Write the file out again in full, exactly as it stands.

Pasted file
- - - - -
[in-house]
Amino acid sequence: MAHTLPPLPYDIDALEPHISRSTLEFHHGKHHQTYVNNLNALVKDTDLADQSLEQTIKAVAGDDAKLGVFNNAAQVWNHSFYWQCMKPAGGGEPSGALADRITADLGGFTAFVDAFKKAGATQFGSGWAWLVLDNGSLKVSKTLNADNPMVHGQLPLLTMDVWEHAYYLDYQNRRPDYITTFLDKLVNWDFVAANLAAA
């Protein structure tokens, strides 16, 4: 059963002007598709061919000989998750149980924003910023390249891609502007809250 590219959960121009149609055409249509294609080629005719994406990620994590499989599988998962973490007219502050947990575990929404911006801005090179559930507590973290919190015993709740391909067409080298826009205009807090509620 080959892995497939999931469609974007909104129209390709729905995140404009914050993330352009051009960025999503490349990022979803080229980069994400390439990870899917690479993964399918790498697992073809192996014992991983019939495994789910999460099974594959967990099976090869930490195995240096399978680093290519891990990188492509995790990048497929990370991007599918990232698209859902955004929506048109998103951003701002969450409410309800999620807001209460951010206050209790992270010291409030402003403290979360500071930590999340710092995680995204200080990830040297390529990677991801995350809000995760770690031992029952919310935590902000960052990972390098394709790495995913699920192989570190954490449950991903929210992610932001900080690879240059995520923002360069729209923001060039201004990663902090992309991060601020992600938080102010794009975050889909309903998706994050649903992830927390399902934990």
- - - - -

[in-house]
Amino acid sequence: MAHTLPPLPYDIDALEPHISRSTLEFHHGKHHQTYVNNLNALVKDTDLADQSLEQTIKAVAGDDAKLGVFNNAAQVWNHSFYWQCMKPAGGGEPSGALADRITADLGGFTAFVDAFKKAGATQFGSGWAWLVLDNGSLKVSKTLNADNPMVHGQLPLLTMDVWEHAYYLDYQNRRPDYITTFLDKLVNWDFVAANLAAA
């Protein structure tokens, strides 16, 4: 059963002007598709061919000989998750149980924003910023390249891609502007809250 590219959960121009149609055409249509294609080629005719994406990620994590499989599988998962973490007219502050947990575990929404911006801005090179559930507590973290919190015993709740391909067409080298826009205009807090509620 080959892995497939999931469609974007909104129209390709729905995140404009914050993330352009051009960025999503490349990022979803080229980069994400390439990870899917690479993964399918790498697992073809192996014992991983019939495994789910999460099974594959967990099976090869930490195995240096399978680093290519891990990188492509995790990048497929990370991007599918990232698209859902955004929506048109998103951003701002969450409410309800999620807001209460951010206050209790992270010291409030402003403290979360500071930590999340710092995680995204200080990830040297390529990677991801995350809000995760770690031992029952919310935590902000960052990972390098394709790495995913699920192989570190954490449950991903929210992610932001900080690879240059995520923002360069729209923001060039201004990663902090992309991060601020992600938080102010794009975050889909309903998706994050649903992830927390399902934990």